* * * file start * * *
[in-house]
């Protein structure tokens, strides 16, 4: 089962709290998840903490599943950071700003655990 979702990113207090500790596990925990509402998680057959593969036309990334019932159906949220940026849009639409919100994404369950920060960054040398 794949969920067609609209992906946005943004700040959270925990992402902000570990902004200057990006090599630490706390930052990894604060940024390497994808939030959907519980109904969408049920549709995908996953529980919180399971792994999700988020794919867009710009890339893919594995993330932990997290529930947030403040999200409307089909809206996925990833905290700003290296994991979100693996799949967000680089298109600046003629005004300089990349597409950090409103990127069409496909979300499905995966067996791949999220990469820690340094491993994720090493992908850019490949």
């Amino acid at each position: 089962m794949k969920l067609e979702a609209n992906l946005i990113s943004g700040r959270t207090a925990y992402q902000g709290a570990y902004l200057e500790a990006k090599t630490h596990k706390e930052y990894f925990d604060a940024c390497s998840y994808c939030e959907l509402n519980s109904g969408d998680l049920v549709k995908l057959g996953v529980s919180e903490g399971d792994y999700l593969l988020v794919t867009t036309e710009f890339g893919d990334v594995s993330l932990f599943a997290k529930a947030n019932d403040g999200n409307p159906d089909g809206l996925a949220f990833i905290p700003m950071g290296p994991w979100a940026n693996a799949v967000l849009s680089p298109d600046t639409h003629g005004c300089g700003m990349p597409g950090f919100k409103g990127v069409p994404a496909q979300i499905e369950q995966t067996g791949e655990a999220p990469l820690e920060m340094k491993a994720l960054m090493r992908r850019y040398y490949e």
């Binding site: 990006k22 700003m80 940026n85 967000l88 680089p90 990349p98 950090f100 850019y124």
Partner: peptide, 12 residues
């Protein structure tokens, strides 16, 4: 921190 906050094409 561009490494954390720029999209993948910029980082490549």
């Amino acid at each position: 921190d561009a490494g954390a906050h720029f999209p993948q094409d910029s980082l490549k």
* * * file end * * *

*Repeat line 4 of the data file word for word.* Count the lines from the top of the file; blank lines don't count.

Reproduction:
């Binding site: 990006k22 700003m80 940026n85 967000l88 680089p90 990349p98 950090f100 850019y124």